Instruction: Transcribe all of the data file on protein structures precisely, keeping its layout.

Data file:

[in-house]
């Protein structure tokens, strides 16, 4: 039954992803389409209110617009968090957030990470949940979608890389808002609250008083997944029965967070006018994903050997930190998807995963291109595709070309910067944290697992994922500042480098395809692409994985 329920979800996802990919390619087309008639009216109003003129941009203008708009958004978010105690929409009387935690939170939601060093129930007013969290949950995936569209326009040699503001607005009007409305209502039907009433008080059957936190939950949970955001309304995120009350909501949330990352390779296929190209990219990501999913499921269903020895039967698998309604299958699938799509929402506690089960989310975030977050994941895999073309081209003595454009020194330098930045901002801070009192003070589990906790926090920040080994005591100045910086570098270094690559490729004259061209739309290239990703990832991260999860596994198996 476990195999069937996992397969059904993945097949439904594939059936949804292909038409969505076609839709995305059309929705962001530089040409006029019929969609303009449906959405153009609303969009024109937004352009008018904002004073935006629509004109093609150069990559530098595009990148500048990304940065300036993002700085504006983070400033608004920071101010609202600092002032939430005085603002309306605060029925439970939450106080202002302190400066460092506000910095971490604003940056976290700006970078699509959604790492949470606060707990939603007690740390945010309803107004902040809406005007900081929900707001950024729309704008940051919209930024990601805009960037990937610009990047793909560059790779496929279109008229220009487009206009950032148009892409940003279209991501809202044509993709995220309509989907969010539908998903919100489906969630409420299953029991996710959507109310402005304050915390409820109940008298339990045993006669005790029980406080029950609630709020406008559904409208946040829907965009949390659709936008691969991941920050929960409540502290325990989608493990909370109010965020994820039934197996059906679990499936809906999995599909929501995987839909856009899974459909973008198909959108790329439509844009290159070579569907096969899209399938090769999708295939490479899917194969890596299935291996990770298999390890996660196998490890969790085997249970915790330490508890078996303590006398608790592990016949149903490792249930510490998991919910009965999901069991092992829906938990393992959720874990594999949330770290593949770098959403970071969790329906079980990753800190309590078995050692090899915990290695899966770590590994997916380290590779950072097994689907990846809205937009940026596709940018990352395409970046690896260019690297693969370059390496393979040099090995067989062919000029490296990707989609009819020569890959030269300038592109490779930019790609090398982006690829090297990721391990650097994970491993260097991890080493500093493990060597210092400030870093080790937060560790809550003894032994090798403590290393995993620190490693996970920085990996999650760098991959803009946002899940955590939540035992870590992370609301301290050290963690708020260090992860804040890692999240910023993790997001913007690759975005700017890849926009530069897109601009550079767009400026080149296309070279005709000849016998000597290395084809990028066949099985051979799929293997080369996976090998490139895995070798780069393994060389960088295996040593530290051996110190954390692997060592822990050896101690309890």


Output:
[in-house]
């Protein structure tokens, strides 16, 4: 039954992803389409209110617009968090957030990470949940979608890389808002609250008083997944029965967070006018994903050997930190998807995963291109595709070309910067944290697992994922500042480098395809692409994985 329920979800996802990919390619087309008639009216109003003129941009203008708009958004978010105690929409009387935690939170939601060093129930007013969290949950995936569209326009040699503001607005009007409305209502039907009433008080059957936190939950949970955001309304995120009350909501949330990352390779296929190209990219990501999913499921269903020895039967698998309604299958699938799509929402506690089960989310975030977050994941895999073309081209003595454009020194330098930045901002801070009192003070589990906790926090920040080994005591100045910086570098270094690559490729004259061209739309290239990703990832991260999860596994198996 476990195999069937996992397969059904993945097949439904594939059936949804292909038409969505076609839709995305059309929705962001530089040409006029019929969609303009449906959405153009609303969009024109937004352009008018904002004073935006629509004109093609150069990559530098595009990148500048990304940065300036993002700085504006983070400033608004920071101010609202600092002032939430005085603002309306605060029925439970939450106080202002302190400066460092506000910095971490604003940056976290700006970078699509959604790492949470606060707990939603007690740390945010309803107004902040809406005007900081929900707001950024729309704008940051919209930024990601805009960037990937610009990047793909560059790779496929279109008229220009487009206009950032148009892409940003279209991501809202044509993709995220309509989907969010539908998903919100489906969630409420299953029991996710959507109310402005304050915390409820109940008298339990045993006669005790029980406080029950609630709020406008559904409208946040829907965009949390659709936008691969991941920050929960409540502290325990989608493990909370109010965020994820039934197996059906679990499936809906999995599909929501995987839909856009899974459909973008198909959108790329439509844009290159070579569907096969899209399938090769999708295939490479899917194969890596299935291996990770298999390890996660196998490890969790085997249970915790330490508890078996303590006398608790592990016949149903490792249930510490998991919910009965999901069991092992829906938990393992959720874990594999949330770290593949770098959403970071969790329906079980990753800190309590078995050692090899915990290695899966770590590994997916380290590779950072097994689907990846809205937009940026596709940018990352395409970046690896260019690297693969370059390496393979040099090995067989062919000029490296990707989609009819020569890959030269300038592109490779930019790609090398982006690829090297990721391990650097994970491993260097991890080493500093493990060597210092400030870093080790937060560790809550003894032994090798403590290393995993620190490693996970920085990996999650760098991959803009946002899940955590939540035992870590992370609301301290050290963690708020260090992860804040890692999240910023993790997001913007690759975005700017890849926009530069897109601009550079767009400026080149296309070279005709000849016998000597290395084809990028066949099985051979799929293997080369996976090998490139895995070798780069393994060389960088295996040593530290051996110190954390692997060592822990050896101690309890």